The Agriculture, Food and Fisheries ministry if working closely with a cross-agency team engaged in the larger provincial and national response and are in constant communication with our federal counterparts to assess the dynamic situation and impact to the local supply chain here in BC.
Keeping the supply chain open and goods moving is a top priority so that people can continue to buy food and essential goods in areas with flooding and damaged roads.
Farmers and the agricultural sector are considered essential as part of the province’s emergency orders. As such, there are no travel restrictions on movement of food and supplies and no restrictions on gasoline.
Non-essential vehicles are subject to a 30-litre limit at retail pumps, so that gasoline supply is reliably available for essential, emergency and commercial vehicles; that provincial order is presently in place to December 14, 2021.
Berries and veggies:
“As the waters recede, we’ll be able to assess the losses that the berry and vegetable growers have suffered, and help them recover and to return to production,” the Ministry said in a statement. The BC government says it is working the Government of Canada to secure emergency funding to support that recovery.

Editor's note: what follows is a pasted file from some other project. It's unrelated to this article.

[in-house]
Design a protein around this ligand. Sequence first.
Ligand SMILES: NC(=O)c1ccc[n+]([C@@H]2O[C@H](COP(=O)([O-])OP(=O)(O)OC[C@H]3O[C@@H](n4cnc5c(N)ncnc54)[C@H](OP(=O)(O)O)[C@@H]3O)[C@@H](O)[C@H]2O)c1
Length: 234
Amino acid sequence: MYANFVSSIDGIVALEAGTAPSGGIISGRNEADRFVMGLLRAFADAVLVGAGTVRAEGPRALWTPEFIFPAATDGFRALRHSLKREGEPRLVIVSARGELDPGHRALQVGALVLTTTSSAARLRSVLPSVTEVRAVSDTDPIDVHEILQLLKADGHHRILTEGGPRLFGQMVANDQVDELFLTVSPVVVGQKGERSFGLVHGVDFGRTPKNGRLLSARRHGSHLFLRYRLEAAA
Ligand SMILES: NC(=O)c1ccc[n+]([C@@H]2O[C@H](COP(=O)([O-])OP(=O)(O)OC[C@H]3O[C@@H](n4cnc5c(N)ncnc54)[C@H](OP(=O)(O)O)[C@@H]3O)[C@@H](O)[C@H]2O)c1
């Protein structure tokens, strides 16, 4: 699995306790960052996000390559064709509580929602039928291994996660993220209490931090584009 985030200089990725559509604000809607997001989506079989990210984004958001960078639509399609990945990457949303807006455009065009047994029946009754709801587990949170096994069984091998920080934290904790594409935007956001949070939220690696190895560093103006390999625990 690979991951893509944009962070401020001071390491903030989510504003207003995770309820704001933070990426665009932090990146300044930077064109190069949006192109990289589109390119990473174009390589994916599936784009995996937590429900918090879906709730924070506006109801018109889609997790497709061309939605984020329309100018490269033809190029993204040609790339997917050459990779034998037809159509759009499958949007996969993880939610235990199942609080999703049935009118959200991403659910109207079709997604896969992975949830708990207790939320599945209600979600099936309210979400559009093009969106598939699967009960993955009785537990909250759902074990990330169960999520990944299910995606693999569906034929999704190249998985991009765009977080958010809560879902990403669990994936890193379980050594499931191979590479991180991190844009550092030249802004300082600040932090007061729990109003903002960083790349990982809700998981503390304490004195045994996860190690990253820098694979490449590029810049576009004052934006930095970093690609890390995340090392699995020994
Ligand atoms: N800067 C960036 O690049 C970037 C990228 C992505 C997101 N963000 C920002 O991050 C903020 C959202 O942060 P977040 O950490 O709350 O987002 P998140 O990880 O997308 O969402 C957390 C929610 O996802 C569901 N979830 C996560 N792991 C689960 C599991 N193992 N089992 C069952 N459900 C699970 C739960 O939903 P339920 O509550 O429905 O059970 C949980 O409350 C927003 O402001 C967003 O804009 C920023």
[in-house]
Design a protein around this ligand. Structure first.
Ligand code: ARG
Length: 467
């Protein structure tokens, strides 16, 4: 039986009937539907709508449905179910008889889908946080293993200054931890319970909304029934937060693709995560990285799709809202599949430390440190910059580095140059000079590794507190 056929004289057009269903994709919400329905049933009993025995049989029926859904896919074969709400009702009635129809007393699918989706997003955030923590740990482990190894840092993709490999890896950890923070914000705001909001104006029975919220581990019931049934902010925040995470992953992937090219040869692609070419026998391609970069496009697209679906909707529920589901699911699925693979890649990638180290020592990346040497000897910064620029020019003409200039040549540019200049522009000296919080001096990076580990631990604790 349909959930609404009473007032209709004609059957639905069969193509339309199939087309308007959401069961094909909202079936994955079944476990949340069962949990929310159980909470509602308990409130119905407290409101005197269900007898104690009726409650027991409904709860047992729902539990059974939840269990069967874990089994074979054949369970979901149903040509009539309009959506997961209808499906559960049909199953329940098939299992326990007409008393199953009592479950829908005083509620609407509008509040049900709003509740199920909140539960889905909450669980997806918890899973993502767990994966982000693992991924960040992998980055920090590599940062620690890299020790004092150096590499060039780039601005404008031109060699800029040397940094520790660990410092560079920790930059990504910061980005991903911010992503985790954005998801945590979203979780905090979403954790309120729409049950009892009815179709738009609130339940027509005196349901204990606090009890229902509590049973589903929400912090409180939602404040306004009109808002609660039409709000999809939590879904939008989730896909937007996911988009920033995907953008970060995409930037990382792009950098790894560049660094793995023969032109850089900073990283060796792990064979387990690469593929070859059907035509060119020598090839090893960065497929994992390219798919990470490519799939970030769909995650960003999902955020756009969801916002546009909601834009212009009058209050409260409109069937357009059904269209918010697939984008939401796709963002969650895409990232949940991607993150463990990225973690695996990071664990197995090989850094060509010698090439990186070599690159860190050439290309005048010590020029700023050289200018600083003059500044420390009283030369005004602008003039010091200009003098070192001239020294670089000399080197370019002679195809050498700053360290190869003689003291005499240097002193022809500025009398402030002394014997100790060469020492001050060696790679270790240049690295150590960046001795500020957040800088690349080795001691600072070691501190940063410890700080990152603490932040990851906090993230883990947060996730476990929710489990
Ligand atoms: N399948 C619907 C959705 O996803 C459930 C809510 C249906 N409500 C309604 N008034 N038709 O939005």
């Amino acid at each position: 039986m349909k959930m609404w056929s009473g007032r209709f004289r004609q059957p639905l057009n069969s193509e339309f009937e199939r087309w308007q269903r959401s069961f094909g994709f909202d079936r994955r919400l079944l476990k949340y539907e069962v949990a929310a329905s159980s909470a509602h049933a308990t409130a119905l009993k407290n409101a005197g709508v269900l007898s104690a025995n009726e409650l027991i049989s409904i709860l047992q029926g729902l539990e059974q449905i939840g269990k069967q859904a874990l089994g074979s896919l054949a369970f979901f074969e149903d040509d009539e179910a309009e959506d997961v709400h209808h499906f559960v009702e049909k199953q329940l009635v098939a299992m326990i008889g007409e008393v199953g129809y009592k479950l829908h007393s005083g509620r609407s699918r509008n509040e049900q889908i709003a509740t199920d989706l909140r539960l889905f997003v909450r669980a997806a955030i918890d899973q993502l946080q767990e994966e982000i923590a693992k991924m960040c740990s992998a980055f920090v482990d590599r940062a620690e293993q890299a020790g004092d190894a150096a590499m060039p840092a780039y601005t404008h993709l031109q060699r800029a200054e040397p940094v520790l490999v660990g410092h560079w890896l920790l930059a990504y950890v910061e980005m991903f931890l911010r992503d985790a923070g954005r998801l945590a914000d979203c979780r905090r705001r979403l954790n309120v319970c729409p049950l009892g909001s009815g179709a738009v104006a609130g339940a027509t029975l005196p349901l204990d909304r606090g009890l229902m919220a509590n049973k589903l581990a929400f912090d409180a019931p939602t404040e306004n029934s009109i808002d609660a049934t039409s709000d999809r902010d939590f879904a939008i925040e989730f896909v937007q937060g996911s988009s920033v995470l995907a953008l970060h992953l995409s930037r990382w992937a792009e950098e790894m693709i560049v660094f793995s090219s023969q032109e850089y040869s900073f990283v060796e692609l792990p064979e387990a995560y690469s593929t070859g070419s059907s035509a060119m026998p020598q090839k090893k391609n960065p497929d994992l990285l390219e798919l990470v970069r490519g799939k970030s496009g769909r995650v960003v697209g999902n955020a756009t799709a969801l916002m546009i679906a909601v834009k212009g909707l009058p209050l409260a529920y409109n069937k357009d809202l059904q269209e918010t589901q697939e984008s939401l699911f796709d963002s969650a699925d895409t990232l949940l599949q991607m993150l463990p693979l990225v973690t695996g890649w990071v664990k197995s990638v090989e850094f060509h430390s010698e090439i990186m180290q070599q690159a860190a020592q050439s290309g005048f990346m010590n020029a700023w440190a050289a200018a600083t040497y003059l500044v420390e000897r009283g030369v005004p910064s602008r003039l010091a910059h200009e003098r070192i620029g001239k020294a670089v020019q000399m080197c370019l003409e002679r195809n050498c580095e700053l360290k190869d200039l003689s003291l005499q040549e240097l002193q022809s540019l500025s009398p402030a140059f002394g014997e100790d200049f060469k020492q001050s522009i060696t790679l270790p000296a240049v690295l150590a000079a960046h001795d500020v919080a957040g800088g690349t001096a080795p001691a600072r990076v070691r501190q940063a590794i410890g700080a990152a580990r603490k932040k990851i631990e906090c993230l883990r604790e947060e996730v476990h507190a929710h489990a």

“Some of the crops, like blueberries, require longer to reach full production than others, so there could be some reduction in crop sizes as they recover,” the Ministry has stated. That sounds like a year or two for catching up.
After the flood impacts were seen, the BC government announced Disaster Financial Assistance (DFA) being available for eligible British Columbians in southwest, central and southeast areas of the province and Vancouver Island who were affected by flooding and landslides.
Applications for the DFA event must be submitted to Emergency Management BC (EMBC) by February 12, 2022.
Trudeau meets with Premier Horgan after visiting flood-damaged agricultural area (November 26, 2021)
Produce supply impacted by floods in BC southwest, livestock lost (November 25, 2021)
Nov 20: BC emergency update on flood-impacted areas (November 20, 2021)
State of Emergency declared to deal with storm flood recovery (November 17, 2021)
Elxn44 ESS candidates: food sustainability on Vancouver Island (September 12, 2021)
Food Day BC: an opportunity to promote home-grown produce (July 31, 2021)